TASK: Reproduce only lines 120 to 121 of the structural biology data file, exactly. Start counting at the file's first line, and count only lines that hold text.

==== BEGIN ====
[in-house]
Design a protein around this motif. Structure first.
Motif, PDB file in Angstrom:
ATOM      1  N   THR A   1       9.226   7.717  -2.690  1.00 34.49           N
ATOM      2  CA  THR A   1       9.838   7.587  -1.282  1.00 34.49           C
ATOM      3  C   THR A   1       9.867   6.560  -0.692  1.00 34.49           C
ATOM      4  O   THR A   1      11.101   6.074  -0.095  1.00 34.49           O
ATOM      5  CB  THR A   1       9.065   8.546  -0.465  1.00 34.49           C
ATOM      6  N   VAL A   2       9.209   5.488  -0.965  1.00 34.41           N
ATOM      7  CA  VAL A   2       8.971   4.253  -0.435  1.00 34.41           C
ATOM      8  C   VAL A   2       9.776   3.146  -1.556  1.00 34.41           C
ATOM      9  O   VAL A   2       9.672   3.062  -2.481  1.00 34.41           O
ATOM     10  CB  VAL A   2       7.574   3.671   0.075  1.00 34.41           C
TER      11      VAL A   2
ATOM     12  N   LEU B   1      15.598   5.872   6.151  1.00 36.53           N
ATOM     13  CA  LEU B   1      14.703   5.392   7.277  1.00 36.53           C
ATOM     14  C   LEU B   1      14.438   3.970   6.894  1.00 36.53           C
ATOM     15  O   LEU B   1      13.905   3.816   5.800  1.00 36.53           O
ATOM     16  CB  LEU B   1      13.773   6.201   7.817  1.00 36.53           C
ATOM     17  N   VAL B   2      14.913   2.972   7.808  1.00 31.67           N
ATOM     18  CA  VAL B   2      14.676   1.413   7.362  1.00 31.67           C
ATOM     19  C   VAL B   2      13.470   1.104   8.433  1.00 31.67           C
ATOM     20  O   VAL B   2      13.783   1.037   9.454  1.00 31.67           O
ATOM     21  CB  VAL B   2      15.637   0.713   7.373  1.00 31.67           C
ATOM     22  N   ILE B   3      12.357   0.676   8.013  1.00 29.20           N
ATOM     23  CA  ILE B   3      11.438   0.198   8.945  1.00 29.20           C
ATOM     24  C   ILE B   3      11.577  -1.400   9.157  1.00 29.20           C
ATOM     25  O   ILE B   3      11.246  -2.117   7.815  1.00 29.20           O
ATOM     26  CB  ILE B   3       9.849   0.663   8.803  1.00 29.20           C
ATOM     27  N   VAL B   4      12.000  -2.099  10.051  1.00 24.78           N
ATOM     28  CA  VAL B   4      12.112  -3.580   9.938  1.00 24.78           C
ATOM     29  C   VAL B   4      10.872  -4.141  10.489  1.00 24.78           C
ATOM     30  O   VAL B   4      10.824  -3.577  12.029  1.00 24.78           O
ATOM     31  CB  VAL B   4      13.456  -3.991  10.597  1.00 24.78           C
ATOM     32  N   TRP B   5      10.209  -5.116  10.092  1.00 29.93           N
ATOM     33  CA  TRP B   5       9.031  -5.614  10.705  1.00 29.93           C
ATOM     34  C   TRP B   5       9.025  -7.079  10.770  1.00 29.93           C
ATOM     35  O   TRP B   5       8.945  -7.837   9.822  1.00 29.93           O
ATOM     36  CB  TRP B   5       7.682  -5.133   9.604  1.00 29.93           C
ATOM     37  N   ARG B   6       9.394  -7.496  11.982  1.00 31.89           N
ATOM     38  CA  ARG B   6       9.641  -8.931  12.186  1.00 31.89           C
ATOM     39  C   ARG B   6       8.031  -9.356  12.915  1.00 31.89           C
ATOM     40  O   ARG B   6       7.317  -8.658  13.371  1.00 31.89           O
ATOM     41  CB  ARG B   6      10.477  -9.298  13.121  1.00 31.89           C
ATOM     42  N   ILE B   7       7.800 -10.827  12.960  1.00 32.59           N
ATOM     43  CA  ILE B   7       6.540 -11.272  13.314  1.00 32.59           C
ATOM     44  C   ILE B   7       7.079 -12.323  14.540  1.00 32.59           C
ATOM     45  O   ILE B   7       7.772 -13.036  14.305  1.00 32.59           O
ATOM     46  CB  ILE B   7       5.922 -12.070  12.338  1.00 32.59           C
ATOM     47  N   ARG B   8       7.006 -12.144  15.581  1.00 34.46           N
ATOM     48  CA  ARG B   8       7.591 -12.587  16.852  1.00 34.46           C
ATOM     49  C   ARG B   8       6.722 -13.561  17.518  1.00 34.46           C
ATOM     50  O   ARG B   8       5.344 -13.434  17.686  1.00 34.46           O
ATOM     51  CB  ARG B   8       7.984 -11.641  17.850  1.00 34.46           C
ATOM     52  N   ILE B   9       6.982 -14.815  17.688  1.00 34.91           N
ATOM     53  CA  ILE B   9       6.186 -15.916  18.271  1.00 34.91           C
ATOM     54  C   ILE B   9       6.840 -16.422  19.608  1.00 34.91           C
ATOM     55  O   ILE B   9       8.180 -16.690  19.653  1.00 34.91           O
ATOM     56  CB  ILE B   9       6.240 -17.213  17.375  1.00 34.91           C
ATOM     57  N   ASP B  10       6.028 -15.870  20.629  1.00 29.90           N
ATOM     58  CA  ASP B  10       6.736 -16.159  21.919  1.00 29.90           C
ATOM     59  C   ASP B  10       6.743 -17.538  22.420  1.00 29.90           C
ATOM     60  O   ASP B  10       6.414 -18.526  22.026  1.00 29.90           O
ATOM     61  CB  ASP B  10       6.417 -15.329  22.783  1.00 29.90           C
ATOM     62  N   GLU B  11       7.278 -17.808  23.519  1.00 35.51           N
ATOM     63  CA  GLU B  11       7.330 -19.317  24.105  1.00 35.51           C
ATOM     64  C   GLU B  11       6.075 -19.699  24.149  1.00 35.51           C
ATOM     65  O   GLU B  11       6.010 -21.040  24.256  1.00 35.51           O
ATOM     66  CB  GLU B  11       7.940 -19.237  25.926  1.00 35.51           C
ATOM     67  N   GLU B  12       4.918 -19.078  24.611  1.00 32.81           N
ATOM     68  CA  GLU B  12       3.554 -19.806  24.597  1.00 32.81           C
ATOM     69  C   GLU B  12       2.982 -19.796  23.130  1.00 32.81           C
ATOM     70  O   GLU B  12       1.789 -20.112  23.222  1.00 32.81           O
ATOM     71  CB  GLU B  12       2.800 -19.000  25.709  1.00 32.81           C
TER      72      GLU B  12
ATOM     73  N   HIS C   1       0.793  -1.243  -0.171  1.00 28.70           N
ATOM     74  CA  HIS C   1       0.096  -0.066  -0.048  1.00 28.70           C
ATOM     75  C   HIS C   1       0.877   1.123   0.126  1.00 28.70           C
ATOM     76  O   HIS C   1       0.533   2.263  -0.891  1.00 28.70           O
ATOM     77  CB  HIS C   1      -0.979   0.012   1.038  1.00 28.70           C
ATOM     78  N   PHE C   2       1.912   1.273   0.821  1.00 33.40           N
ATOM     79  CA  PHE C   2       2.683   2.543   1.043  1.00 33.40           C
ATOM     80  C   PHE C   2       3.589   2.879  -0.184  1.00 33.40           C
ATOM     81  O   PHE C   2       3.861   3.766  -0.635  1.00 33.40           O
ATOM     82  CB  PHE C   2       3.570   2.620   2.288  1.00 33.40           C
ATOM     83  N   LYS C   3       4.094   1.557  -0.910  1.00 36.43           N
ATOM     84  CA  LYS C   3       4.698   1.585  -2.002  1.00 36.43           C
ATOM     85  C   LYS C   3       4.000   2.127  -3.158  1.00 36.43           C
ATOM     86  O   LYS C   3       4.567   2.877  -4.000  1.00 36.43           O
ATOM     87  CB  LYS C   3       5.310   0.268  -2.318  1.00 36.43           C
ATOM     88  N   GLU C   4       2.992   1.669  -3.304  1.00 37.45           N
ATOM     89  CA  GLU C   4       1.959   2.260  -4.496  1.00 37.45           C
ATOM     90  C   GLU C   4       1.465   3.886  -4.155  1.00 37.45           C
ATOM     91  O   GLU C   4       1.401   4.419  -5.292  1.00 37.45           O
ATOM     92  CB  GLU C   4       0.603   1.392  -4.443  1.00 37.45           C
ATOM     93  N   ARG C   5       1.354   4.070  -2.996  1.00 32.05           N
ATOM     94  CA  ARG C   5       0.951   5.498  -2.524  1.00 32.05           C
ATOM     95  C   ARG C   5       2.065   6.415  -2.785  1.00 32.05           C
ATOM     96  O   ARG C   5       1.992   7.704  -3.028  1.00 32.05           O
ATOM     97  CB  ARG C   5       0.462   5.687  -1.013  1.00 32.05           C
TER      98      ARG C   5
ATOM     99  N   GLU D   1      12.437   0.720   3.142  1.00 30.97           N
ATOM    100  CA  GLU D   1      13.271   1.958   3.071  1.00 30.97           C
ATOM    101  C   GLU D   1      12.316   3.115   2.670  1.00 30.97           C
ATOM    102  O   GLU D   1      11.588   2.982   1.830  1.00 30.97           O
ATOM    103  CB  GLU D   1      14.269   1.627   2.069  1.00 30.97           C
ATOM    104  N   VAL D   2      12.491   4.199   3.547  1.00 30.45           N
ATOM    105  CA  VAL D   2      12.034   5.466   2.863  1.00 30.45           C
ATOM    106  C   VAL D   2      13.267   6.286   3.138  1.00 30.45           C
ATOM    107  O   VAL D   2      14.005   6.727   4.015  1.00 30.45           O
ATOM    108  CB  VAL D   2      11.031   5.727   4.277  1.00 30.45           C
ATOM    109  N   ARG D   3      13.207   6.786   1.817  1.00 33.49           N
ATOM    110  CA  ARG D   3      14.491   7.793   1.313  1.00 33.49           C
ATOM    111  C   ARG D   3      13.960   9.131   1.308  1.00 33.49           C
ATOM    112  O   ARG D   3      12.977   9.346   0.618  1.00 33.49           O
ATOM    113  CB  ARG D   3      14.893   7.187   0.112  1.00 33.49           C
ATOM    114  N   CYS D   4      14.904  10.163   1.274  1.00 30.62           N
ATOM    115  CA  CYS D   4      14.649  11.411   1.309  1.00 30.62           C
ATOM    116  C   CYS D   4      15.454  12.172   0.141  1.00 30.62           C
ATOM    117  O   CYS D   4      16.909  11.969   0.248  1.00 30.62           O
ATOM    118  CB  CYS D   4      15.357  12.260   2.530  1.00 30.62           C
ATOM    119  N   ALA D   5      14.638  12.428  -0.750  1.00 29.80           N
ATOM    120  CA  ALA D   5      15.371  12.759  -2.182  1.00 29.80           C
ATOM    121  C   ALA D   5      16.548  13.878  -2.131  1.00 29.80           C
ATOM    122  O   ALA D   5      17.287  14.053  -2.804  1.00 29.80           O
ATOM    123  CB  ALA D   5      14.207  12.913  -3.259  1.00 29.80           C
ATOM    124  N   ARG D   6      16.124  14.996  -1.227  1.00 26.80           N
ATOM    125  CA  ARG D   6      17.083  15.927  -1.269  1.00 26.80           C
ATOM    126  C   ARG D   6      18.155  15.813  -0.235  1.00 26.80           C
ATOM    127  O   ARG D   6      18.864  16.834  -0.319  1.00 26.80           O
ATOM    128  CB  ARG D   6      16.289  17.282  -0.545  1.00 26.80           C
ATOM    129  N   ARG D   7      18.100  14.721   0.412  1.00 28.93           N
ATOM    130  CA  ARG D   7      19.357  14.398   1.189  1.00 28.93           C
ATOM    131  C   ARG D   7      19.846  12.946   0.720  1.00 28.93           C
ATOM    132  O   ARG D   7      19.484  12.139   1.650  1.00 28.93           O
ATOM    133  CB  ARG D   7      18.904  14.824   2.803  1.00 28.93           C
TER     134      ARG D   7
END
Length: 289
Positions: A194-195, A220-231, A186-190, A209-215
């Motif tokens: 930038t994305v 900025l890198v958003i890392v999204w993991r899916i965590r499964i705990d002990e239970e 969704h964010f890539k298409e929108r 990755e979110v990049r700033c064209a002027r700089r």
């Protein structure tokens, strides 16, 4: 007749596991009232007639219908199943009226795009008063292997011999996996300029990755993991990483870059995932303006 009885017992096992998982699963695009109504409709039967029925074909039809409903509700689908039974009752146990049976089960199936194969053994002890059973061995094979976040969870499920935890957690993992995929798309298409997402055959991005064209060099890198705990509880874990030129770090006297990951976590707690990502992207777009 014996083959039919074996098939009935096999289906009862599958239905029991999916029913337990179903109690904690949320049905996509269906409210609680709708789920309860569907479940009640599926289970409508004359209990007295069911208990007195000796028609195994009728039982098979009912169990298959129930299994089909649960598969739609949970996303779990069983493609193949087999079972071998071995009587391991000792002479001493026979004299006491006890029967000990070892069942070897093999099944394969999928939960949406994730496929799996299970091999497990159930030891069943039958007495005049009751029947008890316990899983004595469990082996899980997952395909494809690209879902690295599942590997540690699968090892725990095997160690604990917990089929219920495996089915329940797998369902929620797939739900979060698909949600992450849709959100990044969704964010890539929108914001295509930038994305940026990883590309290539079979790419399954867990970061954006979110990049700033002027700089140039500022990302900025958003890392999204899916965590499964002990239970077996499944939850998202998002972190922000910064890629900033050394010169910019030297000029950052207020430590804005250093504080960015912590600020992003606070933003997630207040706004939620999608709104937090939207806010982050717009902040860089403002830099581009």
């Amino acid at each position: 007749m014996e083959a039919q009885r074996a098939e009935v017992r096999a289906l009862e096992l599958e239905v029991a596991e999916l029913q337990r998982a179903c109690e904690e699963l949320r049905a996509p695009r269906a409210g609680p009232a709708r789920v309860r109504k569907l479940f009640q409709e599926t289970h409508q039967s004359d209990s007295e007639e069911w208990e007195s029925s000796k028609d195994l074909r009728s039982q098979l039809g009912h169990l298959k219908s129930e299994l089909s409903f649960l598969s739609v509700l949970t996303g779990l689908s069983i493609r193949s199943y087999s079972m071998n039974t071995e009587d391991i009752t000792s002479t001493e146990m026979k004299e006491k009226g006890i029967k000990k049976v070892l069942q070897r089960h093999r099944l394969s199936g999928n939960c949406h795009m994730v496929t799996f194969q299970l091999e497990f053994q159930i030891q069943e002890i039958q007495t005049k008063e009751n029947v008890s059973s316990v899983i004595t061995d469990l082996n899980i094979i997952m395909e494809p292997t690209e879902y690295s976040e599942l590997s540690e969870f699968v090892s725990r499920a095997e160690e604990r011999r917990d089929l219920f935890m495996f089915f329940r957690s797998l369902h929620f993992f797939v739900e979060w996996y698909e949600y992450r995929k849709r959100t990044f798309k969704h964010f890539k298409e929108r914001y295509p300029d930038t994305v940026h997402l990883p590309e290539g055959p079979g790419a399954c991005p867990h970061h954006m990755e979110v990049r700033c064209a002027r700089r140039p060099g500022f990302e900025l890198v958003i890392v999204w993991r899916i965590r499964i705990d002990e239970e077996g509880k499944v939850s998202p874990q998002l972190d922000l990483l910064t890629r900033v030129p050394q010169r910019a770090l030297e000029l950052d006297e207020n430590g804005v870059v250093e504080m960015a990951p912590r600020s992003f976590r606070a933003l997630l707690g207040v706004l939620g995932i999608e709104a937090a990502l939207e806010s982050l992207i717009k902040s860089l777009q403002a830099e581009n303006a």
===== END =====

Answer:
ATOM    117  O   CYS D   4      16.909  11.969   0.248  1.00 30.62           O
ATOM    118  CB  CYS D   4      15.357  12.260   2.530  1.00 30.62           C